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Inferring Beliefs as Subjectively Uncertain Probabilities

Author

Listed:
  • Steffen Andersen
  • John Fountain
  • Glenn W. Harrison
  • Arne Risa Hole
  • E. Elisabet Rutström

Abstract

We propose a method for estimating subjective beliefs, viewed as a subjective probability distribution. The key insight is to characterize beliefs as a parameter to be estimated from observed choices in a well-defined experimental task, and to estimate that parameter as a random coefficient. The experimental task consists of a series of standard lottery choices in which the subject is assumed to use conventional risk attitudes to select one lottery or the other, and then a series of betting choices in which the subject is presented with a range of bookies offering odds on the outcome of some event that the subject has a belief over. Knowledge of the risk attitudes of subjects conditions the inferences about subjective beliefs. Maximum simulated likelihood methods are used to estimate a structural model in which subjects employ subjective beliefs to make bets. We present evidence that some subjective probabilities are indeed best characterized as probability distributions with non-zero variance.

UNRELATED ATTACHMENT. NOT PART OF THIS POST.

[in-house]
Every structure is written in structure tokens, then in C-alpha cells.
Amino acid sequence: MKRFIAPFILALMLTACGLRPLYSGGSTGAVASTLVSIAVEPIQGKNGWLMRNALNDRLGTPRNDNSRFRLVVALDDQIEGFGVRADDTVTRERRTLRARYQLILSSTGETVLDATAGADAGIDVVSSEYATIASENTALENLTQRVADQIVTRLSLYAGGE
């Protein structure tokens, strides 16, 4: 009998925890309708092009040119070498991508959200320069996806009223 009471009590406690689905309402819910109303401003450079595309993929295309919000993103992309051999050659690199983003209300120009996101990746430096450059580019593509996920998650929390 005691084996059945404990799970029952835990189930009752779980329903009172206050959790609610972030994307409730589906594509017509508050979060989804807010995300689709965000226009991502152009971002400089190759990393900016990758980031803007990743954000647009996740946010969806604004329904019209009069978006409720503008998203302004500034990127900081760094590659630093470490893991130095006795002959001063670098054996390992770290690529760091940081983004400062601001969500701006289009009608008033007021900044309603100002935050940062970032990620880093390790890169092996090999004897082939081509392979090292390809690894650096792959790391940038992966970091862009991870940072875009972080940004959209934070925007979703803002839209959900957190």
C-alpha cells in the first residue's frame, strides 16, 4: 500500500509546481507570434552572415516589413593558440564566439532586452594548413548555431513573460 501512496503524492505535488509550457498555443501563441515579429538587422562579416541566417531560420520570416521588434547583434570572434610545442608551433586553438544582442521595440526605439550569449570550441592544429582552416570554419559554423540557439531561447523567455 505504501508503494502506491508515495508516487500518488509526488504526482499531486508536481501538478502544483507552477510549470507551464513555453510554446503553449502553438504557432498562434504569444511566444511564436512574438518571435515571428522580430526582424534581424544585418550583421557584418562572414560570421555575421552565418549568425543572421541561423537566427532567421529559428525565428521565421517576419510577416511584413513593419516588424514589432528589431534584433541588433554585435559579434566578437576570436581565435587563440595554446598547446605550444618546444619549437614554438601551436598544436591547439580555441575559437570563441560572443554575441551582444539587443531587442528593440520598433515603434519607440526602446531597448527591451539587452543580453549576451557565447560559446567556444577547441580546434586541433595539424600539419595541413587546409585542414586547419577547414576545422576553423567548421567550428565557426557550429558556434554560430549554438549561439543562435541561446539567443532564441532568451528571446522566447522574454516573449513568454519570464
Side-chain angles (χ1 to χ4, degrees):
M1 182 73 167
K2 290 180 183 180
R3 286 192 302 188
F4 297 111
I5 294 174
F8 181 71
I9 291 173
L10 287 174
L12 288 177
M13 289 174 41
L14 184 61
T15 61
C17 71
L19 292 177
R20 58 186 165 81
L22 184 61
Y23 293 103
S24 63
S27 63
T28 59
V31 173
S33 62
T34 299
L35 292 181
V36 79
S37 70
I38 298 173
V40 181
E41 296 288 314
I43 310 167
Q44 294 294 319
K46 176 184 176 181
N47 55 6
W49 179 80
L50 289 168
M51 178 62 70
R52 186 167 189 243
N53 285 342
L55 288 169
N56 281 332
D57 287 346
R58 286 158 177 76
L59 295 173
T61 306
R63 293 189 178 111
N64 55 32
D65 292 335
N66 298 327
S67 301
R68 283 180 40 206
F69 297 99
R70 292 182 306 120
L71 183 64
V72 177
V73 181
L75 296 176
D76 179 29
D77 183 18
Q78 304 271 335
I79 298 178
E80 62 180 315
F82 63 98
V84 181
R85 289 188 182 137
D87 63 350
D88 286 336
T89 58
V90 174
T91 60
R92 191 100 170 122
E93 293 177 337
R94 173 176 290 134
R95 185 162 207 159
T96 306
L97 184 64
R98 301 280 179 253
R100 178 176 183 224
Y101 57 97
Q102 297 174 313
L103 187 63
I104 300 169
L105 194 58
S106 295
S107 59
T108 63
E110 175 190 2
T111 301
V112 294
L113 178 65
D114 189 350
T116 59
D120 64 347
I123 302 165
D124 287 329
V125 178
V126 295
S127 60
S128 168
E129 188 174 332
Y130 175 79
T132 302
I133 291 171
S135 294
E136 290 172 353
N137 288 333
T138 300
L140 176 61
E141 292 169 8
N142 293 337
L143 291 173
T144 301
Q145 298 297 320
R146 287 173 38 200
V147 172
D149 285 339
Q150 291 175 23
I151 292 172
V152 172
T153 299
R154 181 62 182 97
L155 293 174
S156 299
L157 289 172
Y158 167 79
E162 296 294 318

Suggested Citation

  • Steffen Andersen & John Fountain & Glenn W. Harrison & Arne Risa Hole & E. Elisabet Rutström, 2010. "Inferring Beliefs as Subjectively Uncertain Probabilities," Experimental Economics Center Working Paper Series 2010-14, Experimental Economics Center, Andrew Young School of Policy Studies, Georgia State University.
  • Handle: RePEc:exc:wpaper:2010-14
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    File URL: http://excen.gsu.edu/workingpapers/GSU_EXCEN_WP_2010-14.pdf
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    Cited by:

    1. Melkonyan, Tigran A., 2011. "The Effect of Communicating Ambiguous Risk Information on Choice," Journal of Agricultural and Resource Economics, Western Agricultural Economics Association, vol. 36(2), August.

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